He picked the saw up and tickled the trigger, the saw burst into life, and the chain whirred, flicking sticky chain-oil forward. Tweaking the trigger again, he immediately pushed the back of his wrist against the safety bar, which jumped forward, and the whirring chain stopped dead. It was said to stop in milliseconds, but a chain could still do a lot of damage, given the speed it was travelling at full tilt. Still, a few milliseconds was better than seconds in the event of a kick-back or snag,  or stumbling while working which is such an easy thing to do.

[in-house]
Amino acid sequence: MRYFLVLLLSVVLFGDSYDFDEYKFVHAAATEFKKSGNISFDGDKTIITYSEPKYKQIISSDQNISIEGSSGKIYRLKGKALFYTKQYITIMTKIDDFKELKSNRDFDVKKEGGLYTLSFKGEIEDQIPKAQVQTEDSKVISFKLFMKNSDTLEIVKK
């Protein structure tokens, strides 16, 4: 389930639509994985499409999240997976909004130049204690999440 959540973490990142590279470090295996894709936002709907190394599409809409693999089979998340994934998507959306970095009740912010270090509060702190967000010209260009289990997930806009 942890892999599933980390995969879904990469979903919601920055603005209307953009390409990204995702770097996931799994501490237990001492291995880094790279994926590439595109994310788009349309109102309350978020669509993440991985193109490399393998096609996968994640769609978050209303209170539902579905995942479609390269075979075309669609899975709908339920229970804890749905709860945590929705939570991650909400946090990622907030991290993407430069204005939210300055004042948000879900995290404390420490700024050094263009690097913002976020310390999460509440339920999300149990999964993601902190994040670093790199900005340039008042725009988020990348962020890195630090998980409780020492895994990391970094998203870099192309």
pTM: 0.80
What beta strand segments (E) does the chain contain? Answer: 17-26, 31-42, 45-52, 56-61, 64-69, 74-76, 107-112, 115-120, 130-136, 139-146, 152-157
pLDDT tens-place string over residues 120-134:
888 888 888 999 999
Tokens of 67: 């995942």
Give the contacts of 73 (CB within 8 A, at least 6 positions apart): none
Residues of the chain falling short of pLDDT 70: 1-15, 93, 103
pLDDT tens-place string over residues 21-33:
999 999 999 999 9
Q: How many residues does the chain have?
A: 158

Thinking to try out the newly cleaned saw, he revved it and gently laid the chain against the bark at the butt end of a recently felled tree. The chain started to bite and a shower of chips streamed out from the underside of the blade, shooting out behind the saw off to his side. The cut felt good and even, each tooth of the chain cutting the same sized chip as the one before it, a smooth flow of minute slices which would make easy work of the log. Pushing the toothed dog at the front of the body into the bark, he pulled harder on the trigger and levered the saw to put more cutting pressure on the chain. The exhaust note deepened as the engine worked harder to take a deeper slice. This wasn’t necessary, as the saw would perform best if not under pressure, but this was a trial to see how the engine performed under pressure, and it passed with flying colours; no coughing or spluttering; the settings were just right for a change. There was nothing worse in his book than a saw spluttering or failing halfway through a felling cut, leaving him “out on a limb”, with little control over how the tree would behave until it was finally through.